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An Agenda For Improving Compassionate Care: A Survey Shows About Half Of Patients Say Such Care Is Missing

by Lown, B. A., Rosen, J., & Marttila, J.

Our survey of 800 recently hospitalized patients and 510 physicians found broad agreement that compassionate care is "very important" to successful medical treatment. However, only 53 percent of patients and 58 percent of physicians said that the health care system generally provides compassionate care. Given strong evidence that such care improves health outcomes and patients' care experiences, we recommend that national quality standards include measures of compassionate care.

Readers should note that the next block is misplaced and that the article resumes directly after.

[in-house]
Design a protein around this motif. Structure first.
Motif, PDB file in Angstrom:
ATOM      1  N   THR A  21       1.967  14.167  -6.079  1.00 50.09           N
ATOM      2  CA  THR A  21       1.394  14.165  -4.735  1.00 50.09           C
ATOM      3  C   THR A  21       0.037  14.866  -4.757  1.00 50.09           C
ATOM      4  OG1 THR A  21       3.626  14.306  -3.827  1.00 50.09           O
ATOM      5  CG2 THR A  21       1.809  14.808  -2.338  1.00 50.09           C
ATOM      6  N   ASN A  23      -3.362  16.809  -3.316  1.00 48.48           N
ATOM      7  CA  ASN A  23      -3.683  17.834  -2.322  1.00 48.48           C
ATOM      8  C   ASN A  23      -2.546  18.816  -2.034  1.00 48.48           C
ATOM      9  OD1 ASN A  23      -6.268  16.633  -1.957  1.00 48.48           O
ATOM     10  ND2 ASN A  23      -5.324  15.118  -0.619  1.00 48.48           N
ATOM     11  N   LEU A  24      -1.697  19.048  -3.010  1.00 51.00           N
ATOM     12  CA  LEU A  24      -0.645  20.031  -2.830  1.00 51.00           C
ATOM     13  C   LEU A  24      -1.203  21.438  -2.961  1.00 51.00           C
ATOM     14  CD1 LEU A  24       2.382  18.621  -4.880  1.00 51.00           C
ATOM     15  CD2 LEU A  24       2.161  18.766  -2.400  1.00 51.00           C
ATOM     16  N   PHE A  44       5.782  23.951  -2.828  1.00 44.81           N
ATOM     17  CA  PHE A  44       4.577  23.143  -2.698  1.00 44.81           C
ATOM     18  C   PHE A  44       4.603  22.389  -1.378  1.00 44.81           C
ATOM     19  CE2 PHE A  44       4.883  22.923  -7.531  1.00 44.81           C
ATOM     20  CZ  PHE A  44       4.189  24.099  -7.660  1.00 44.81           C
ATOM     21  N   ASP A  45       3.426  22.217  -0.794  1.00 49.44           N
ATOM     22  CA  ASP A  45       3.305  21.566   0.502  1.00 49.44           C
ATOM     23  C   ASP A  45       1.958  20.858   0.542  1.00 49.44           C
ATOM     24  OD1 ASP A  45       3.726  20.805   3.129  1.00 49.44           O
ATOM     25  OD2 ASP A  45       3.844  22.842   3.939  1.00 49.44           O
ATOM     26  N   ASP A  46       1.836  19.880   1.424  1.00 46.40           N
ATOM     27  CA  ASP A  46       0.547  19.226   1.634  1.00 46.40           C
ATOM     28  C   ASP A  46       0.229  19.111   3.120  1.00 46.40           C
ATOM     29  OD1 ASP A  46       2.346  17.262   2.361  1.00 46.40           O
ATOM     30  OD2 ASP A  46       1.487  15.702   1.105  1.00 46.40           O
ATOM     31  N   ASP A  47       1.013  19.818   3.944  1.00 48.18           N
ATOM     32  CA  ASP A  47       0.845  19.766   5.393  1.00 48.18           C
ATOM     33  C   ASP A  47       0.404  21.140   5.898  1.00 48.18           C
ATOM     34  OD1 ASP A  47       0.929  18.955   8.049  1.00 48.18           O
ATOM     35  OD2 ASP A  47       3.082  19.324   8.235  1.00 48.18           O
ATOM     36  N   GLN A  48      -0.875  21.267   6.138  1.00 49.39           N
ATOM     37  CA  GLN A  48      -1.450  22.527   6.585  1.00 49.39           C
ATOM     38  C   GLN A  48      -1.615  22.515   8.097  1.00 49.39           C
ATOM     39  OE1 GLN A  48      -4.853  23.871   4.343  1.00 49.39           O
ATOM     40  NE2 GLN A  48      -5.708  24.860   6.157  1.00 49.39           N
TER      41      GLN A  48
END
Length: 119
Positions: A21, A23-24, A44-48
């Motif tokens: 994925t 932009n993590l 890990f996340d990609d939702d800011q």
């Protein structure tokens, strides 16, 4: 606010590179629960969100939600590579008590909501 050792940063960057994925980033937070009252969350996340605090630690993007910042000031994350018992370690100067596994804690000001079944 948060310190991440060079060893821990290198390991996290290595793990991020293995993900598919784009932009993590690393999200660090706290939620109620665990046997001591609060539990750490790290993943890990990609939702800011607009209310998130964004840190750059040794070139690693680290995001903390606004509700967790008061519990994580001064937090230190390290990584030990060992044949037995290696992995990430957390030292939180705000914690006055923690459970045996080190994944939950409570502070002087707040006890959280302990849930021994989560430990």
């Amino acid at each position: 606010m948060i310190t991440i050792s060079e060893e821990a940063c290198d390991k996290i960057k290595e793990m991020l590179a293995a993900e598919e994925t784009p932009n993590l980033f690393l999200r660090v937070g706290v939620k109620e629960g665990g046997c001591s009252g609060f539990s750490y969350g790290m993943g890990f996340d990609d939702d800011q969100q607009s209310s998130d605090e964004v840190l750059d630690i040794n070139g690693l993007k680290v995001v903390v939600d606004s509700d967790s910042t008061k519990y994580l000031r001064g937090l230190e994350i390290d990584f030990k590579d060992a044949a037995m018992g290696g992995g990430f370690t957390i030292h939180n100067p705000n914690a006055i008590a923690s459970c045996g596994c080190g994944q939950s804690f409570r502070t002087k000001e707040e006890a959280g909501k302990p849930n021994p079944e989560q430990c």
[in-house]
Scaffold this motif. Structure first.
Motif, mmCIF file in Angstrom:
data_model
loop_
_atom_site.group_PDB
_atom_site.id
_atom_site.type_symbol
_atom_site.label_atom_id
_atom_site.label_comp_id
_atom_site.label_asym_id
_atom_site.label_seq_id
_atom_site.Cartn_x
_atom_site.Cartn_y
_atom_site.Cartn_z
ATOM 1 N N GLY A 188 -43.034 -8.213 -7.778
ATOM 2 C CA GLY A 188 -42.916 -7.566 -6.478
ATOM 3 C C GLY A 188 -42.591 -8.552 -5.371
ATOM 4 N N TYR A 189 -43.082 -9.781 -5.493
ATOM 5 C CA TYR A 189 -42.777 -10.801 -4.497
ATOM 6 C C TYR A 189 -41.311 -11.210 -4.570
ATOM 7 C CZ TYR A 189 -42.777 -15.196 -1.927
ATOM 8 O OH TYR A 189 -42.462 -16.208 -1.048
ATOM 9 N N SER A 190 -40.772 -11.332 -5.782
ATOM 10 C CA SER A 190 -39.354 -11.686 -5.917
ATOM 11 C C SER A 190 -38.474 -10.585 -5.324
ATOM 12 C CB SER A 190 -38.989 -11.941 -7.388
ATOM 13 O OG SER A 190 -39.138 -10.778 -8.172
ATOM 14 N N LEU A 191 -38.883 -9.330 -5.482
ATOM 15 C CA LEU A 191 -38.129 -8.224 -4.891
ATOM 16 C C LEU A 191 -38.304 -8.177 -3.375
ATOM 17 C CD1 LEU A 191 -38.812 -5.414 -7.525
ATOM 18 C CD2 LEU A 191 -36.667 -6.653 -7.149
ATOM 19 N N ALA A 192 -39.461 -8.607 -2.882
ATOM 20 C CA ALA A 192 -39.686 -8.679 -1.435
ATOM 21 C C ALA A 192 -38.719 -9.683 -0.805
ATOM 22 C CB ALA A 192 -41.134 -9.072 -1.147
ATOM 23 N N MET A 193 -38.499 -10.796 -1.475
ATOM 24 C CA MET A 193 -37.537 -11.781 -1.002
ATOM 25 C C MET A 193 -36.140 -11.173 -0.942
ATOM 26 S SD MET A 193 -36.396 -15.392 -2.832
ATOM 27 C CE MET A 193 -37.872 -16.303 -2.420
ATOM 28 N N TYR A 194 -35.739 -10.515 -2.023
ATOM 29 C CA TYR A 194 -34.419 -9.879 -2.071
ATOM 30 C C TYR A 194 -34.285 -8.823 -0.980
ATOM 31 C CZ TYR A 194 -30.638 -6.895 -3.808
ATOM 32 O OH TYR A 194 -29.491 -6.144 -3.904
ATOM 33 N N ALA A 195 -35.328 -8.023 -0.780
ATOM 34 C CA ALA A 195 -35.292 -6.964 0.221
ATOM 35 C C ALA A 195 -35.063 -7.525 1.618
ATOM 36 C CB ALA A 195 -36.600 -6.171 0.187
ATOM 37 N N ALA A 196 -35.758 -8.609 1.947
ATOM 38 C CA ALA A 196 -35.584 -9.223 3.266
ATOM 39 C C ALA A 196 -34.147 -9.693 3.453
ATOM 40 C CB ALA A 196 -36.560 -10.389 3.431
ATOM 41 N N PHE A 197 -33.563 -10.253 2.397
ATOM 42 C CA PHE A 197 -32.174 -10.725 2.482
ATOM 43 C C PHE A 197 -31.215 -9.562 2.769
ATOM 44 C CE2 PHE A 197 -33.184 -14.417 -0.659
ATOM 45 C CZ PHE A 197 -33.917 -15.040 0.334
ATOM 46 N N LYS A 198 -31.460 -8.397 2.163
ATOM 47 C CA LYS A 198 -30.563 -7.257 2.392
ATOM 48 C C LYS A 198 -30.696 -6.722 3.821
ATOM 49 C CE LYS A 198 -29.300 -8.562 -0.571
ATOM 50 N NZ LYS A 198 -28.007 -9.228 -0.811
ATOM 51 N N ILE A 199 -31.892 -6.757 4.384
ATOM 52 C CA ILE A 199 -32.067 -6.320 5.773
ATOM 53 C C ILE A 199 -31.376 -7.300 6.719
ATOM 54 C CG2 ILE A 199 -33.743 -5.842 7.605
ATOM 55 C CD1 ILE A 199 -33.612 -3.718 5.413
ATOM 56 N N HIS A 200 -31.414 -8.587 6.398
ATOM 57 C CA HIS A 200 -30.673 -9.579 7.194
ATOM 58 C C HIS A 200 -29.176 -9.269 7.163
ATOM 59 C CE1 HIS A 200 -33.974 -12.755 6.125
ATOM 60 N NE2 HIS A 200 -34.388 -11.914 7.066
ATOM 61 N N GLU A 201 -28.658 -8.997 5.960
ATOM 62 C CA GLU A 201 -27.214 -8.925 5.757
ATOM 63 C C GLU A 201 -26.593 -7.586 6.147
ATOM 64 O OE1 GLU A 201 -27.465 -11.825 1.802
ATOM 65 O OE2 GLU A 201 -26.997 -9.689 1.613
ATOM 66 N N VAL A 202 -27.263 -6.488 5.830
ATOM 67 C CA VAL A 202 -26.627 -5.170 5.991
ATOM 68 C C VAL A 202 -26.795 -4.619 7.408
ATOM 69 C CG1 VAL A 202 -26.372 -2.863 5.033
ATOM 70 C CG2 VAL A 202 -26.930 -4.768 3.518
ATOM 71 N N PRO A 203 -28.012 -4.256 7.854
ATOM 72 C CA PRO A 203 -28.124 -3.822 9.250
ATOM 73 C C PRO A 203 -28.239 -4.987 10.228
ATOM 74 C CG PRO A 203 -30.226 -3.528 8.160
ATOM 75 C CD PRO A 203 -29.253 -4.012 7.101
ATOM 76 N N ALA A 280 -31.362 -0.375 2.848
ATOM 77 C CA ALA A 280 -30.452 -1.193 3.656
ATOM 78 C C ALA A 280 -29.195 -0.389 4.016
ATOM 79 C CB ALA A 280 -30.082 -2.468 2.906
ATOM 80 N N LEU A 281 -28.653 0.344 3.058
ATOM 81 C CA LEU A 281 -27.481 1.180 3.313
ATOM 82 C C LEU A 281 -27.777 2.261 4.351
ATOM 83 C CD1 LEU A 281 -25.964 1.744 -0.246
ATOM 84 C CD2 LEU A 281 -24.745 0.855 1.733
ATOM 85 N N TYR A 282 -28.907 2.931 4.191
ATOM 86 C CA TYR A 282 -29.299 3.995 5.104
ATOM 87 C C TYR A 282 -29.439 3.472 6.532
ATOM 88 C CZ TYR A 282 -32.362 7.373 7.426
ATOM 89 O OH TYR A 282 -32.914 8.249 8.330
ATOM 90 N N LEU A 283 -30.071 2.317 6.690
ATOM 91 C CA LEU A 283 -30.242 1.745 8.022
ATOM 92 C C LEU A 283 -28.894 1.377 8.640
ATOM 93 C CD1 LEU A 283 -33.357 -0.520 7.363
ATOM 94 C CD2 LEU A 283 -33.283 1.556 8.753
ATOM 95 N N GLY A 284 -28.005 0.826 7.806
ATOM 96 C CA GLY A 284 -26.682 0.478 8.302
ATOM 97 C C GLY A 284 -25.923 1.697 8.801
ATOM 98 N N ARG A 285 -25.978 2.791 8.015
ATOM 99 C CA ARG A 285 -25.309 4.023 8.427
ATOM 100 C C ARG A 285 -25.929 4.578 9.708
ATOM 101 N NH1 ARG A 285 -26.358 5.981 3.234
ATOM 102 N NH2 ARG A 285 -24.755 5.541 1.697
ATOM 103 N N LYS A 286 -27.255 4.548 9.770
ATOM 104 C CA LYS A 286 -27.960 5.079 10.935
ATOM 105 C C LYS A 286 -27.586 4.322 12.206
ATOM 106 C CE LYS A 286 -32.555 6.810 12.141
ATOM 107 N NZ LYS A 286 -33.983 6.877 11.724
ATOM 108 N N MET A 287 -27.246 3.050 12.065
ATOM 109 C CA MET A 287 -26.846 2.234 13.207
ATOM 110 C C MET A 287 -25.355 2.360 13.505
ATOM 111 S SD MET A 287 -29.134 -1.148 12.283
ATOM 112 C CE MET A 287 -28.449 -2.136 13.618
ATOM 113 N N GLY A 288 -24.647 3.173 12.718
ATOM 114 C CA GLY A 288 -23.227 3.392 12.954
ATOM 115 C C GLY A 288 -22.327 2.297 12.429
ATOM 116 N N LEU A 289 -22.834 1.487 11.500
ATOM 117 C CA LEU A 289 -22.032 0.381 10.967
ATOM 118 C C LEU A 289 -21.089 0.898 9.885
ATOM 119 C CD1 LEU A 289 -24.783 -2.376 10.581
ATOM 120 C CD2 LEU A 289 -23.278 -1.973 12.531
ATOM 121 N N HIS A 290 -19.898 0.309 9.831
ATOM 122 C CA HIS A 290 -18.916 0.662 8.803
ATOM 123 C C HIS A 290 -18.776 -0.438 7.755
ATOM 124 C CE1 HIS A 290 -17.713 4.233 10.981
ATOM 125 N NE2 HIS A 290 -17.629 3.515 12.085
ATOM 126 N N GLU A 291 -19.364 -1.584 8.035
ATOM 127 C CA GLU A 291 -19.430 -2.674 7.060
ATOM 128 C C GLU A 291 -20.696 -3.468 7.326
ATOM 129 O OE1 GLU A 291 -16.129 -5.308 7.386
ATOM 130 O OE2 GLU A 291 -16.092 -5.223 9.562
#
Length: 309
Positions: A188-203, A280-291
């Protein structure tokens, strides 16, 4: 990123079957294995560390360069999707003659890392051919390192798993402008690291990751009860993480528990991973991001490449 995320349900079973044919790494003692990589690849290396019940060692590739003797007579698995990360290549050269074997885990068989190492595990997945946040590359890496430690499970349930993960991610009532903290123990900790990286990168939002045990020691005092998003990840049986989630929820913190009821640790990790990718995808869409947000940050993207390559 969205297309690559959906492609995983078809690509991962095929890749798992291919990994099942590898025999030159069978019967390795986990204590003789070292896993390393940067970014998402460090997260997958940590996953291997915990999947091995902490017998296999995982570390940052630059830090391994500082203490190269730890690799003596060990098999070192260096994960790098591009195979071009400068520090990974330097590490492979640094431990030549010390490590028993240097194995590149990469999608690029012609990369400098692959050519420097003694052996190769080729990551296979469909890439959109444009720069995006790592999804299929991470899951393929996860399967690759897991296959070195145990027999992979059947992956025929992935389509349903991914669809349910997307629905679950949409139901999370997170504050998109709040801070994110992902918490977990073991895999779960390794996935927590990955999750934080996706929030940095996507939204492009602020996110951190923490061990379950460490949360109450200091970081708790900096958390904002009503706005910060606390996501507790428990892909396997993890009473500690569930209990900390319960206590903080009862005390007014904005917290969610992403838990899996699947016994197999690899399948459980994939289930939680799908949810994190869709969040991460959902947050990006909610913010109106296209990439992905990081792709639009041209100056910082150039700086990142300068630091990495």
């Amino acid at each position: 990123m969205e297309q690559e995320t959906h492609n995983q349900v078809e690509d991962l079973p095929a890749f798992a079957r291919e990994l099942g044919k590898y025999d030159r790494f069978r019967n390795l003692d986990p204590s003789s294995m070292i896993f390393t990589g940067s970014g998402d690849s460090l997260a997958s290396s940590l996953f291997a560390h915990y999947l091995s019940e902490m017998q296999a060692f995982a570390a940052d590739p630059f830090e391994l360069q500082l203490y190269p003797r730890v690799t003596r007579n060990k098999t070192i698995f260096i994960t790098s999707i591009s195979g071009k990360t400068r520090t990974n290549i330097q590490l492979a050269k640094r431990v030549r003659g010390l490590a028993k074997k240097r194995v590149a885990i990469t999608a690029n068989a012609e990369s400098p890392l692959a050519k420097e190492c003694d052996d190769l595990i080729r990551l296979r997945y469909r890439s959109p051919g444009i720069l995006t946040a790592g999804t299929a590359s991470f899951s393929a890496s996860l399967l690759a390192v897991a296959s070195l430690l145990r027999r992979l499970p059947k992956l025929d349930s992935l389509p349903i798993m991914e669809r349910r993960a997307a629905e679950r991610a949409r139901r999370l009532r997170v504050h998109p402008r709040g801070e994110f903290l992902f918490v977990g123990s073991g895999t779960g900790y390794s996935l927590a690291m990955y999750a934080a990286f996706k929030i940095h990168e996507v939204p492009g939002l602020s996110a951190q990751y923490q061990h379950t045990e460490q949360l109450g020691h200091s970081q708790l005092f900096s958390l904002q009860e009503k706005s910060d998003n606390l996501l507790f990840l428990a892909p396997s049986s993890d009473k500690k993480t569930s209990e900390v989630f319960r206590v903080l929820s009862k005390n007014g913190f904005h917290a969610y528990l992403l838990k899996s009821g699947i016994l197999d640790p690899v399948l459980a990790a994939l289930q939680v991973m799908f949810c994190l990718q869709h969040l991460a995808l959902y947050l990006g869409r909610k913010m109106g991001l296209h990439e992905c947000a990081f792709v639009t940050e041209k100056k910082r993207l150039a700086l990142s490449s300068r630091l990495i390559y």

Abstract

As the US health care system undergoes restructuring and pressure to reduce costs intensifies, patients worry that they will receive less compassionate care. So do health care providers. Our survey of 800 recently hospitalized patients and 510 physicians found broad agreement that compassionate care is "very important" to successful medical treatment. However, only 53 percent of patients and 58 percent of physicians said that the health care system generally provides compassionate care. Given strong evidence that such care improves health outcomes and patients' care experiences, we recommend that national quality standards include measures of compassionate care; that such care be a priority for comparative effectiveness research to determine which aspects have the most influence on patients' care experiences, health outcomes, and perceptions of health-related quality of life; and that payers reward the provision of such care. We also recommend the development of systematic approaches to help health care professionals improve the skills required for compassionate care.

Health Affairs, 32(7):1299-1305 - 2011